USAF orders new doomsday planes

New doom, who dis?

The US Air Force has awarded Sierra Nevada Corp a 13 billion USD contract to deliver its Survivable Airborne Operations Center (SAOC) aircraft fleet – a contract that is by far the largest program for the privately held company.

SNC beat out traditional prime contractor Boeing for the program, which will replace the current fleet of E-4B Nightwatch 'doomsday' planes. The award is notable as SNC, whose traditional programs have been smaller aircraft modifications, will likely modify Boeing’s own 747-8i aircraft for the fleet.

The cost-plus-incentive fee contract, with a fixed-price-incentive-firm target, includes an initial award of 59M USD. It covers the development and production of the SAOC Weapon System, including delivery of engineering and manufacturing development (EMD) aircraft, associated ground systems, production aircraft and interim customer support. Work is expected to be completed by July 2036.

In a statement, the Air Force said development of SAOC is critical to ensure the nuclear command, control and communications capability of the US. The commercial-derivative aircraft will be hardened and modified to meet military requirements. It will also integrate secure communications and planning capabilities with modern information technology.

https://aviationweek.com/defense-space/aircraft-propulsion/sierra-nevada-wins-us-air-force-nightwatch-replacement-contract

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  1. 4 weeks ago
    Anonymous

    The award:
    https://www.defense.gov/news/contracts/contract/article/3758114

  2. 4 weeks ago
    Anonymous

    >Boeing can't win contracts about modifying their own planes
    Grim.

    • 4 weeks ago
      Anonymous

      They're also buying used airframes because both Boeing and airbus aren't currently producing 4 engined wide bodies. So they're looking to pick up 3-8 year used 747-8s.

      • 4 weeks ago
        Anonymous

        >3-8 year used 747-8s.
        Grim

    • 4 weeks ago
      Anonymous

      Commercial Airlines, and therefore Boeing Executives are (understandably) trying to get away from the 747, it’s just a money sink and for Boeing a wasted production line that could be used to churn out more modern wide body’s
      there are basically just two big players left that have an interest in the Jumbo jet: the US government and Lufthansa

      • 4 weeks ago
        Anonymous

        >more modern widebodies

        like what their 777x that is on certification phase for 14 fricking years?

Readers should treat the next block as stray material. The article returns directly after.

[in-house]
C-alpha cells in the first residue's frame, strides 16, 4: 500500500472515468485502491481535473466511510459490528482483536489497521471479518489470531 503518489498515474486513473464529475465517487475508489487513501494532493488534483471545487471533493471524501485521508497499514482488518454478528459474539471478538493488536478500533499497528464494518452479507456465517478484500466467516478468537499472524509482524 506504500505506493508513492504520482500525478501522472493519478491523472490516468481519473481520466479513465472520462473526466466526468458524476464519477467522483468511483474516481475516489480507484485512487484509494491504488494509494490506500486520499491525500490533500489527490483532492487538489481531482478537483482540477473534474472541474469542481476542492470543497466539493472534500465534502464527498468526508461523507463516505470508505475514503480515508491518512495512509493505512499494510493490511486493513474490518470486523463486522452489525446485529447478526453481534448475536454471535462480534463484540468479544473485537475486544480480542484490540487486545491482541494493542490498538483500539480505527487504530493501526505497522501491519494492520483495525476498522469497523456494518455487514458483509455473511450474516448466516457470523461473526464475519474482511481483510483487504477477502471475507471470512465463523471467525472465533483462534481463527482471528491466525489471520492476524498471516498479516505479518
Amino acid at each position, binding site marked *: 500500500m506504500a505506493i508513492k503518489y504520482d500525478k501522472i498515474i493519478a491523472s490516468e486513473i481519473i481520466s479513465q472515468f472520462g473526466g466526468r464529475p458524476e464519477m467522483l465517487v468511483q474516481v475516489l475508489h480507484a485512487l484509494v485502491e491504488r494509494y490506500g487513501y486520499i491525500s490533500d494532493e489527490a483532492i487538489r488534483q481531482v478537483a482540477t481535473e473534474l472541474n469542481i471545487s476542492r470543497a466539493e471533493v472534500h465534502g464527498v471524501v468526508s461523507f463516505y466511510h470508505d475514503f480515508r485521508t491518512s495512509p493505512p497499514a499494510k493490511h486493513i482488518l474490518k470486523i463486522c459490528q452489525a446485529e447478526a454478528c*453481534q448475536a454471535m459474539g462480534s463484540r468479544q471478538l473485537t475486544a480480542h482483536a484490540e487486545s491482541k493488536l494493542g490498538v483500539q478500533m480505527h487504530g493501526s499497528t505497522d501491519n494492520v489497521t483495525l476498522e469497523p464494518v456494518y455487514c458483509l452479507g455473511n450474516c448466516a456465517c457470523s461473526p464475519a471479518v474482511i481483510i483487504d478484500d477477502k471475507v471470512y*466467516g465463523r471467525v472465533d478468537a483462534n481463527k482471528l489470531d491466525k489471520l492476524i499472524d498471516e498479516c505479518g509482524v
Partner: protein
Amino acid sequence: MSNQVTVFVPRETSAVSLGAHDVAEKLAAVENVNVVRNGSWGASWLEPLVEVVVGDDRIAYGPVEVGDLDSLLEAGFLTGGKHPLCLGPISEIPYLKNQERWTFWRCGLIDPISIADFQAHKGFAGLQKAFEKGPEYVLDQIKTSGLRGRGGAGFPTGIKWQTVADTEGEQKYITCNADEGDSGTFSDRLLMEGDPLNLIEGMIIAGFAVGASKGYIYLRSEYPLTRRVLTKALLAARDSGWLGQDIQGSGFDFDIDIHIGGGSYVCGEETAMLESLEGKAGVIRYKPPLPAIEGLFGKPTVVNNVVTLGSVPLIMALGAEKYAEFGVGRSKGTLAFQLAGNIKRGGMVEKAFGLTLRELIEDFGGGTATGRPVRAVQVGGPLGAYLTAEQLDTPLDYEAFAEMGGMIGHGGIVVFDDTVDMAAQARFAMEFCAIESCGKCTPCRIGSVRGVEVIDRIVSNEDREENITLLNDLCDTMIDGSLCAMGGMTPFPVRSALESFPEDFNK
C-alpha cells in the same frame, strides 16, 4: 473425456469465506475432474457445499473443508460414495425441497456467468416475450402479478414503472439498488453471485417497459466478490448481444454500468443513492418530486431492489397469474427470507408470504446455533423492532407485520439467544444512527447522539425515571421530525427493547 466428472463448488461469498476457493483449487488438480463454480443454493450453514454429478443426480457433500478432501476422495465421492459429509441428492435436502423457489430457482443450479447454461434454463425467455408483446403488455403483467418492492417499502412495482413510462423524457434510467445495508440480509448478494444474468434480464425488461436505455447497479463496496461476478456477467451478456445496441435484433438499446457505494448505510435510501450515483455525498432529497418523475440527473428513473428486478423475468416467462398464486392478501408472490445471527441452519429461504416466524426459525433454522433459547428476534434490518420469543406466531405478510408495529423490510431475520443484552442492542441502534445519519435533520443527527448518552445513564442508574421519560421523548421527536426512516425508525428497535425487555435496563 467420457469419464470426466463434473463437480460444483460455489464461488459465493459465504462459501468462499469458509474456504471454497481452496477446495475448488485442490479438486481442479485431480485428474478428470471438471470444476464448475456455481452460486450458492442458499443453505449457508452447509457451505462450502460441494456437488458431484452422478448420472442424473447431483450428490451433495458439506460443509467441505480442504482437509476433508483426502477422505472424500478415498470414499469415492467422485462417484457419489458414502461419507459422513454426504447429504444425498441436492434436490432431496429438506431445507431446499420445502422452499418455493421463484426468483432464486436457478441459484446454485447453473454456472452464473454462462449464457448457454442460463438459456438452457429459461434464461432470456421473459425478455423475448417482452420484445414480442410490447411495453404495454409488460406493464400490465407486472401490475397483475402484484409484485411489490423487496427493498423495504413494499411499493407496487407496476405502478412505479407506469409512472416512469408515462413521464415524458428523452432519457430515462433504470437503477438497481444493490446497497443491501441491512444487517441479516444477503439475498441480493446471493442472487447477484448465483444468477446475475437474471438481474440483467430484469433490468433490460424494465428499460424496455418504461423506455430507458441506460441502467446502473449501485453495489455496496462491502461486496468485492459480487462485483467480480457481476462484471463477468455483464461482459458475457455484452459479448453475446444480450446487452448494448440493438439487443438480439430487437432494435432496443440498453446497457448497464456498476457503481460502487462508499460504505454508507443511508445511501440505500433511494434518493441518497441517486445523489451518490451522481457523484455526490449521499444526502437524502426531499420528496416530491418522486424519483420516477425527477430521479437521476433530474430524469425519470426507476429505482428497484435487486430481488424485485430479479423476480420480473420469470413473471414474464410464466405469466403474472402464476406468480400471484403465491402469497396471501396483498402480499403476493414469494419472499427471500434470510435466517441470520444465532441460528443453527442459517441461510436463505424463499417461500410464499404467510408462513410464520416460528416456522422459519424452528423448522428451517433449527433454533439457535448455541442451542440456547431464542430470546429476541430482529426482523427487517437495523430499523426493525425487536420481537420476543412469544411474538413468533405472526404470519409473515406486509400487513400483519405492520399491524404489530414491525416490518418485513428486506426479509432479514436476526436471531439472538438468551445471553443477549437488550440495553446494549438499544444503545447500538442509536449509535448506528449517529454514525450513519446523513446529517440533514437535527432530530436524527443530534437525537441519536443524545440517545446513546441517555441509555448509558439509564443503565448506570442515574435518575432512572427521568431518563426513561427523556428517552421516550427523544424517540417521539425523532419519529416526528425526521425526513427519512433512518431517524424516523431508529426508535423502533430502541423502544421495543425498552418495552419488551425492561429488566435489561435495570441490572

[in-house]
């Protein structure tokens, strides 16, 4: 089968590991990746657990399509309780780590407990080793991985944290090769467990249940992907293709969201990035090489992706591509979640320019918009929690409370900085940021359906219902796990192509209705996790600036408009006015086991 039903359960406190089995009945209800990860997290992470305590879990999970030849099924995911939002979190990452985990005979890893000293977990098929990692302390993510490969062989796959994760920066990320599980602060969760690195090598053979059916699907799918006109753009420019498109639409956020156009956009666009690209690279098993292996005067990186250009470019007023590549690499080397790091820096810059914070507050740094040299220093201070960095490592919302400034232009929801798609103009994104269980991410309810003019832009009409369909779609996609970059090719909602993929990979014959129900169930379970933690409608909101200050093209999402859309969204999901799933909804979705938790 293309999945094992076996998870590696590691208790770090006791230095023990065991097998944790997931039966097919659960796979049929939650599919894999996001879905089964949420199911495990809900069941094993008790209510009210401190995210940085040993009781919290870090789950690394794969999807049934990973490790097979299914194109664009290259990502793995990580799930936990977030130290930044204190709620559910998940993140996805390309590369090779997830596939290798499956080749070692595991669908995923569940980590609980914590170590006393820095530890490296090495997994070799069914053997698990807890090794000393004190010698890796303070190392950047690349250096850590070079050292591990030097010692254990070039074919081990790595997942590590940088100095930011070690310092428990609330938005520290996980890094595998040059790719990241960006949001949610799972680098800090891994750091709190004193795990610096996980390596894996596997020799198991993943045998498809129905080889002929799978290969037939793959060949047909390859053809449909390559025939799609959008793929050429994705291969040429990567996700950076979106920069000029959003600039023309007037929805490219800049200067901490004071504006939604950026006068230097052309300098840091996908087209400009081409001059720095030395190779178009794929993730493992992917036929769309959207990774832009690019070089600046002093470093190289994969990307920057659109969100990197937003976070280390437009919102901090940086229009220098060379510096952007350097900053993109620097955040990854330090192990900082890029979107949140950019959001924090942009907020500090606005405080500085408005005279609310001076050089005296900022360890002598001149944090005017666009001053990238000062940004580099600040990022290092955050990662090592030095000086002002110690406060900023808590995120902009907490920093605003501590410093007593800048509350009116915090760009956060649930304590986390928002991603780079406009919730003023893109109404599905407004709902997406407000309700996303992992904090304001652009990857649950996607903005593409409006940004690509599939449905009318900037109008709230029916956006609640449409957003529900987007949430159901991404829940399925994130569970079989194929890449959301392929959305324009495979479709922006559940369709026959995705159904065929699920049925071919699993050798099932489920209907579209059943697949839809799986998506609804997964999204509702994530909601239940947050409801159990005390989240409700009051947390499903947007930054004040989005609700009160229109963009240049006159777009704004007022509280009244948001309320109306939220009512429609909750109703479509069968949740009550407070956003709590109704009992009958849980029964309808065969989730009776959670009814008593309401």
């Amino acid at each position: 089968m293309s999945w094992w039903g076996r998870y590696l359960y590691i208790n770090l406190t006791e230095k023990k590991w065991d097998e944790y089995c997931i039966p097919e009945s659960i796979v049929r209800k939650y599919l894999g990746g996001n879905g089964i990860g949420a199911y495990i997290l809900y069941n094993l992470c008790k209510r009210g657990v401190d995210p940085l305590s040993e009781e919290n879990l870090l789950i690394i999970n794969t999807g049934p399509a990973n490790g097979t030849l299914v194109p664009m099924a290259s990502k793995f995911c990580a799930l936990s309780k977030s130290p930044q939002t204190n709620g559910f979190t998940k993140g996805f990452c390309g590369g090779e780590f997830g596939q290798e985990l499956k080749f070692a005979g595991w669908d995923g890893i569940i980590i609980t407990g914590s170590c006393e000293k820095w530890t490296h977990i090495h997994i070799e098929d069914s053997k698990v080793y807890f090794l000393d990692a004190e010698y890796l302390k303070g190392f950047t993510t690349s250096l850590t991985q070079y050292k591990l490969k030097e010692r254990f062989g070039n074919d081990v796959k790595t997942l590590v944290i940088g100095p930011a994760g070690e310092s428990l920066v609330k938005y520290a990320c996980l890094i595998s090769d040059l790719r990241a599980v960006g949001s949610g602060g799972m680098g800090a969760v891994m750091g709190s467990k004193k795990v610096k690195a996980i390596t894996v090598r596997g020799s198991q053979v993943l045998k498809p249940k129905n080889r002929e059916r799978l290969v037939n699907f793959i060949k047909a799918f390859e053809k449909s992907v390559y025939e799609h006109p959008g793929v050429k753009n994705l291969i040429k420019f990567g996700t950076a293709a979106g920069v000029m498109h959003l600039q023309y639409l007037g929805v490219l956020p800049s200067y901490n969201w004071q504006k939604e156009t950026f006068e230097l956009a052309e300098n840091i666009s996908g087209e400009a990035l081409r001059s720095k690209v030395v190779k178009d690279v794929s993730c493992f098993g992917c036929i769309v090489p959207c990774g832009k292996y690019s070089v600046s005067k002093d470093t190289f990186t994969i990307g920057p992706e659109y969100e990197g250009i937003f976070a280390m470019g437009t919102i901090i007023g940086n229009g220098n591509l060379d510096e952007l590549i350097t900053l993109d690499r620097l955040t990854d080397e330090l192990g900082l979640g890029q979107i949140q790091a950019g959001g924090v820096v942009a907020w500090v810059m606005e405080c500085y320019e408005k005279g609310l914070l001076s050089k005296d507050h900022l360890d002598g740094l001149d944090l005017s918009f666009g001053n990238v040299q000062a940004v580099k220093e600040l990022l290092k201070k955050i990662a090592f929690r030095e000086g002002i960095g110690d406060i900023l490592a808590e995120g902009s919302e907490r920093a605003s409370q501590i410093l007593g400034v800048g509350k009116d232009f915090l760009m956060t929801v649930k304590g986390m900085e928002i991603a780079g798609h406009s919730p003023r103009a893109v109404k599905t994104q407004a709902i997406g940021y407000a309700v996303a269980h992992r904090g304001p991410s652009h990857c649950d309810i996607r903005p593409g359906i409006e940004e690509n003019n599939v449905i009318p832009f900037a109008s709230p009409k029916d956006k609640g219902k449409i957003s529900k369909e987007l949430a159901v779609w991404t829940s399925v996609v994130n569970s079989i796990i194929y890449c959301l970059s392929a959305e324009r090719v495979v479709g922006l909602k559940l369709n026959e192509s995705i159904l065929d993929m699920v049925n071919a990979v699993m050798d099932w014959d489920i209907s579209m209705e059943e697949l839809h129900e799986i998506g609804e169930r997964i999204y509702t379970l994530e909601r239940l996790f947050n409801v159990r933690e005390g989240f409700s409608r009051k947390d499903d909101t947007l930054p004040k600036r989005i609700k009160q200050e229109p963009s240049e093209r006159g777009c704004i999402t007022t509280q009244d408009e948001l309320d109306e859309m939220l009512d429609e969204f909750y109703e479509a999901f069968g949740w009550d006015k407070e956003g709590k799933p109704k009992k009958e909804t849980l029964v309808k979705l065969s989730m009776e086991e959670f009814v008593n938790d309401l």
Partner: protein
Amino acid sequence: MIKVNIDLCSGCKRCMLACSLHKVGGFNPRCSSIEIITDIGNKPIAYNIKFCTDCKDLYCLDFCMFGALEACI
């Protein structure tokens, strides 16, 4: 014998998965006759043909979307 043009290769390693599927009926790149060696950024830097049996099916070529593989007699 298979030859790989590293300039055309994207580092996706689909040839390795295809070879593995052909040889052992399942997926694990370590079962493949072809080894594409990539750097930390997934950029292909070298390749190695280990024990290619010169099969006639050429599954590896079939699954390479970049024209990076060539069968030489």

• 4 weeks ago
      Anonymous

      I wouldn’t trust Boeing to unclog a toilet at this point, nevermind build and maintain planes. Some new blood getting in the aerospace defense industry game is desperately needed, considering what the boomer execs at Boeing have done in skinning and flaying that company alive for every last drop of blood they can squeeze for their golden parachutes.

      • 4 weeks ago
        Anonymous

        >women and muds hired to do work
        >work isn't done
        >jews and libtards hired to manage finances
        >finances manage to end up in their pocks

        IMPOSSIBRU!

  3. 4 weeks ago
    Anonymous

    E4B's airframes are still good until 2039-40 so plenty of time for potential delays and still have these enter service before the E4B's are falling out of the sky.

  4. 4 weeks ago
    Anonymous

    >not hiding in a massive oil rig off California days before nuclear war starts
    Boooooring.

    • 4 weeks ago
      Anonymous

      What happens when you run out of supplies?

      • 4 weeks ago
        Anonymous

        You raid the coasts.

        • 4 weeks ago
          Anonymous

          You set up bases near the coast and trade or scavenge with the locals duh.

          Ok so what happens when the Chosen One come knocking on your door, kill your best soldier and then blow up your oil rig?

          • 4 weeks ago
            Anonymous

            That'd never happen, and I wouldn't worry about it. Also if you haven't salvaged things in like 100 years you're lazy homosexuals and deserve it.

      • 4 weeks ago
        Anonymous

        You set up bases near the coast and trade or scavenge with the locals duh.

      • 4 weeks ago
        Anonymous

        You go fishing.

  5. 4 weeks ago
    Anonymous

    Corruption, handouts or just Boeing being completely fricking incompetent and the job going to the most competent bidder? I think most of the latter with a bit of the other two.

    • 4 weeks ago
      Anonymous

      Boeing refused to agree to a fixed price contract since when they did it with the airforce one replacement bid they're stuck with $2B payday for a $4B program.

      • 4 weeks ago
        Anonymous

        >Boeing refused to agree to a fixed price contract since when they did it with the airforce one replacement bid they're stuck with $2B payday for a $4B program.
        Also Starliner. Boeing has simply become institutionally so corrupt and used to cost-plus that they are literally incapable of figuring out fixed price and meeting a budget, and they know it. So they don't bid on those anymore. Which still works in areas they have more of a monopoly or when they can offer good enough performance, but those areas are shrinking as the rot accelerates.

        Boeing/MccyD stitchup and turning it over to the Jack Welch business school of bullshit thinking is going to go down as one of the biggest strategic errors by the US of the post-CW era.

      • 4 weeks ago
        Anonymous